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IRS.gov Website
Instructions for Form 1040-EZ
taxmap/instr/i1040ez-011.htm#en_us_publink12063zd0e854

What Filing Status Can You Use?(p5)

rule
taxmap/instr/i1040ez-011.htm#en_us_publink12063zd0e864
Single. (p5)
rule
Use this filing status if any of the following was true on December 31, 2013.
taxmap/instr/i1040ez-011.htm#en_us_publink12063zd0e893
Married filing jointly. (p5)
rule
Use this filing status if any of the following apply.
If you and your spouse file jointly, report your combined income and deduct your combined allowable expenses on one return. You can file a joint return even if only one of you had income or if you did not live together all year. However, both of you must sign the return. Once you file a joint return, you cannot choose to file separate returns for that year after the due date of the return.
taxmap/instr/i1040ez-011.htm#en_us_publink1000311231
Same-sex marriage.(p5)
rule
For federal tax purposes, individuals of the same sex are considered married if they were lawfully married in a state (or foreign country) whose laws authorize the marriage of two individuals of the same sex, even if the state (or foreign country) in which they now live does not recognize same-sex marriage. The term spouse includes an individual married to a person of the same sex if the couple is lawfully married under state (or foreign) law. However, individuals who have entered into a registered domestic partnership, civil union, or other similar relationship that is not considered a marriage under state (or foreign) law are not considered married for federal tax purposes. For more details, see Pub. 501.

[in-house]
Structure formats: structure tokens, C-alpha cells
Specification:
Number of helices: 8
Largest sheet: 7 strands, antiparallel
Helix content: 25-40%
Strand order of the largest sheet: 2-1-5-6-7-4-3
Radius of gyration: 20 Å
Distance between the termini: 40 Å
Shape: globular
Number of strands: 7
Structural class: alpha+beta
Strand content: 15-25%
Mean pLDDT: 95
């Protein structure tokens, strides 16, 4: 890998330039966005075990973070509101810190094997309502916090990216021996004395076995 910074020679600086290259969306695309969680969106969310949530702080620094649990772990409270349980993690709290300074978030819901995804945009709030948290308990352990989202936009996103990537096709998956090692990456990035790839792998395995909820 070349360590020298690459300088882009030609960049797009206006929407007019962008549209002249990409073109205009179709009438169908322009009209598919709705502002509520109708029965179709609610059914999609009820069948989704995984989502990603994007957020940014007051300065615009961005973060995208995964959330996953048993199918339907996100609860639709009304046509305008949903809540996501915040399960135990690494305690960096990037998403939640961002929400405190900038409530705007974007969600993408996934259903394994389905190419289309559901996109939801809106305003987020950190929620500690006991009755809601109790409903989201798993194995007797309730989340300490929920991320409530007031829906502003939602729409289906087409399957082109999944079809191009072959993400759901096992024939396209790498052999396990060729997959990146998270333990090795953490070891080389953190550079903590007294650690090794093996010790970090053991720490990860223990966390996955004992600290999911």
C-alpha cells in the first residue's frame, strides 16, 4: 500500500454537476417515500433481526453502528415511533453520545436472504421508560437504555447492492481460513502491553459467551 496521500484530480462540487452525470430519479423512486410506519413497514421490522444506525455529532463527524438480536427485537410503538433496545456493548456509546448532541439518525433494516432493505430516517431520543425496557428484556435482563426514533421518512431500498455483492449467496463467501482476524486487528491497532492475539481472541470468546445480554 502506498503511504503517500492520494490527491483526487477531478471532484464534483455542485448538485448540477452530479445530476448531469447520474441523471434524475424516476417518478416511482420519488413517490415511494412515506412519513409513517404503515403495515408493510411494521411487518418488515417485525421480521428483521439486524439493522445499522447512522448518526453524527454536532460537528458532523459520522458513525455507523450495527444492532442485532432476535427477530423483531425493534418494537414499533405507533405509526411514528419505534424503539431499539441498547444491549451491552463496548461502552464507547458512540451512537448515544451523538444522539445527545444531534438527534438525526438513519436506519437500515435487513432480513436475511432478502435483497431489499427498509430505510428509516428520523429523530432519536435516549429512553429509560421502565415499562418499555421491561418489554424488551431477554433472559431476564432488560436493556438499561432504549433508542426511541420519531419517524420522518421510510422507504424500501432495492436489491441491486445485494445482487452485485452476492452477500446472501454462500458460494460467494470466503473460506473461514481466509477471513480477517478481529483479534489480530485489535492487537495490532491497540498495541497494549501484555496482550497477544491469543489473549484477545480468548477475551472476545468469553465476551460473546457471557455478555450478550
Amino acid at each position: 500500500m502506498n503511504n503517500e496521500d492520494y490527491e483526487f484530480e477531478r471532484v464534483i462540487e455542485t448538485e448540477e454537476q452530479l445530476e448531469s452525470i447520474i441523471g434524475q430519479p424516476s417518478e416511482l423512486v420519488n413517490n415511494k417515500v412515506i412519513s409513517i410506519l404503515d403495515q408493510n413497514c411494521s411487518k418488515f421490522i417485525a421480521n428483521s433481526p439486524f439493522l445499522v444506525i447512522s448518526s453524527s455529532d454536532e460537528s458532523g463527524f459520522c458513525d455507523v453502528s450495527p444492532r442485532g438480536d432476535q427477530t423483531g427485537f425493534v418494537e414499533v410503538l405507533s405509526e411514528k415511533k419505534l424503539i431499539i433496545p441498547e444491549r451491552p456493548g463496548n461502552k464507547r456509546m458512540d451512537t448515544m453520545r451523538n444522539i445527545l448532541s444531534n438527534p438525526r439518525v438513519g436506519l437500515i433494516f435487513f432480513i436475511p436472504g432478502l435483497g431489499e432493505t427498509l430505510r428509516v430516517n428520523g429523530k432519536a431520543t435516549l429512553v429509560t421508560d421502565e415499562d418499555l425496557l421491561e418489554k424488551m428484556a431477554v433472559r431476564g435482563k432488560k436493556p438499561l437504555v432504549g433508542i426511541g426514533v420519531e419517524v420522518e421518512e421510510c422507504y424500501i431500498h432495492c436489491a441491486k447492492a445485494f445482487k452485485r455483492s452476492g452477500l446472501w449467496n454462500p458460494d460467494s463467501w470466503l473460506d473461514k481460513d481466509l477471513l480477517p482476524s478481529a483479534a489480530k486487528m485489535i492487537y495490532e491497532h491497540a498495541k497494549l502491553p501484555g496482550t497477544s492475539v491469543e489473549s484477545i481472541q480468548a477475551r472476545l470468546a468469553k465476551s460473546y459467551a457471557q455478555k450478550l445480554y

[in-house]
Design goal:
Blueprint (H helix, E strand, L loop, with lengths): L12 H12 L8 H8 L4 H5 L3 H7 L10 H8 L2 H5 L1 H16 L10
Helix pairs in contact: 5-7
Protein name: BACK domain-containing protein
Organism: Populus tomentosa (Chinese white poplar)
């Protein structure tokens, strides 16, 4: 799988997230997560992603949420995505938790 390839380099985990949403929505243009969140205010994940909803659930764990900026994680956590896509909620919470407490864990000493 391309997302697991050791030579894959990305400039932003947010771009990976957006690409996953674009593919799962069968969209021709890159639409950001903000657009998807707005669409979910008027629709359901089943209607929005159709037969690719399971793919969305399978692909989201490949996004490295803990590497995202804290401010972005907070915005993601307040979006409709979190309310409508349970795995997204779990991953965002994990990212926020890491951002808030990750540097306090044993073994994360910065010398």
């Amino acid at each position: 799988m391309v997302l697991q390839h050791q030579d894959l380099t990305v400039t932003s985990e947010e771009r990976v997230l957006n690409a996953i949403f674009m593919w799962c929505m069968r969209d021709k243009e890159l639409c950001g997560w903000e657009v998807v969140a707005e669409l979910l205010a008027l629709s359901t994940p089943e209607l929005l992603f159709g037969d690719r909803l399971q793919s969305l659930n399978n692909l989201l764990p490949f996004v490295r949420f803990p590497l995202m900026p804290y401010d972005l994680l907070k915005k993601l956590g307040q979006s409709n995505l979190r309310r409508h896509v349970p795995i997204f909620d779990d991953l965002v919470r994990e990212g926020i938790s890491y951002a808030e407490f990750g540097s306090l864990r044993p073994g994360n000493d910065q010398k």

taxmap/instr/i1040ez-011.htm#en_us_publink12063zd0e929
Joint and several tax liability.(p5)
rule
If you file a joint return, both you and your spouse are generally responsible for the tax and interest or penalties due on the return. This means that if one spouse does not pay the tax due, the other may have to. Or, if one spouse does not report the correct tax, both spouses may be responsible for any additional taxes assessed by the IRS. You may want to file separately if:
If you want to file separately, you must use Form 1040A or 1040. You cannot use Form 1040EZ. See Innocent spouse relief in Section 5, later.